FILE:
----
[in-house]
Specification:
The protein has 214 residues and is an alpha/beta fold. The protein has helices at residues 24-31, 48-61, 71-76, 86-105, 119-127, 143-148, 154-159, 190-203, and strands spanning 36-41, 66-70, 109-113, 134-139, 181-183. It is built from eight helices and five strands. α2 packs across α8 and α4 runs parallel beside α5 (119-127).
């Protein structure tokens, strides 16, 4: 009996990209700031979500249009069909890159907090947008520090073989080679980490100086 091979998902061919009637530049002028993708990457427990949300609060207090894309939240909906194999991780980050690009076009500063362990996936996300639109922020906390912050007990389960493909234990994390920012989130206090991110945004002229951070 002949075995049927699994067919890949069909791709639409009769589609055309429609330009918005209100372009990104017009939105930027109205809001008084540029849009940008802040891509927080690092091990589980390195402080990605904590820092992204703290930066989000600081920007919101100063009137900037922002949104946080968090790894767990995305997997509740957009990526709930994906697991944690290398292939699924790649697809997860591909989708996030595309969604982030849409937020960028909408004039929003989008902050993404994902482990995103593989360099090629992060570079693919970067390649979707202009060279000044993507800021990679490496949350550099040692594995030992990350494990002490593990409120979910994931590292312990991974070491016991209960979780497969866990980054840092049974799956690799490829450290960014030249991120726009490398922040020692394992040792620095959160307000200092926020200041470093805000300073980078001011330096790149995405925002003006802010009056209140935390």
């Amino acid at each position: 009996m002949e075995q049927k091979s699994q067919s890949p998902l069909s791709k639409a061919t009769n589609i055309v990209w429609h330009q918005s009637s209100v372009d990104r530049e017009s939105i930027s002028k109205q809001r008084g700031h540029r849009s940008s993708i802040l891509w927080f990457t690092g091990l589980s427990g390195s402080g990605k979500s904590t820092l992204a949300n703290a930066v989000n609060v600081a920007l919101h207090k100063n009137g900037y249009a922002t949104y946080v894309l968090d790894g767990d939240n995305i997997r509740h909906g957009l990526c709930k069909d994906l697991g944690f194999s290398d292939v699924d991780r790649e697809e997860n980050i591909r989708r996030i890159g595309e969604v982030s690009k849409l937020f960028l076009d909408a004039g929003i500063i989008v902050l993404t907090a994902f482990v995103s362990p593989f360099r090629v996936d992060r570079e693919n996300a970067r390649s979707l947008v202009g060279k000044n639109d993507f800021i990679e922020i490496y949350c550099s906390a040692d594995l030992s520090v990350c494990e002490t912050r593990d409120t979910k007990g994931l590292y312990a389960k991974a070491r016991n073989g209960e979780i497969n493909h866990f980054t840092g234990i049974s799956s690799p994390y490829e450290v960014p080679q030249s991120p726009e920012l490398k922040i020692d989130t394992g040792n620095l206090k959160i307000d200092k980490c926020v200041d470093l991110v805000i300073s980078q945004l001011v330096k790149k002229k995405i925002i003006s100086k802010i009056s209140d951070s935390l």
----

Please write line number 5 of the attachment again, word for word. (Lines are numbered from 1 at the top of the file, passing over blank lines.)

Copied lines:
């Amino acid at each position: 009996m002949e075995q049927k091979s699994q067919s890949p998902l069909s791709k639409a061919t009769n589609i055309v990209w429609h330009q918005s009637s209100v372009d990104r530049e017009s939105i930027s002028k109205q809001r008084g700031h540029r849009s940008s993708i802040l891509w927080f990457t690092g091990l589980s427990g390195s402080g990605k979500s904590t820092l992204a949300n703290a930066v989000n609060v600081a920007l919101h207090k100063n009137g900037y249009a922002t949104y946080v894309l968090d790894g767990d939240n995305i997997r509740h909906g957009l990526c709930k069909d994906l697991g944690f194999s290398d292939v699924d991780r790649e697809e997860n980050i591909r989708r996030i890159g595309e969604v982030s690009k849409l937020f960028l076009d909408a004039g929003i500063i989008v902050l993404t907090a994902f482990v995103s362990p593989f360099r090629v996936d992060r570079e693919n996300a970067r390649s979707l947008v202009g060279k000044n639109d993507f800021i990679e922020i490496y949350c550099s906390a040692d594995l030992s520090v990350c494990e002490t912050r593990d409120t979910k007990g994931l590292y312990a389960k991974a070491r016991n073989g209960e979780i497969n493909h866990f980054t840092g234990i049974s799956s690799p994390y490829e450290v960014p080679q030249s991120p726009e920012l490398k922040i020692d989130t394992g040792n620095l206090k959160i307000d200092k980490c926020v200041d470093l991110v805000i300073s980078q945004l001011v330096k790149k002229k995405i925002i003006s100086k802010i009056s209140d951070s935390l």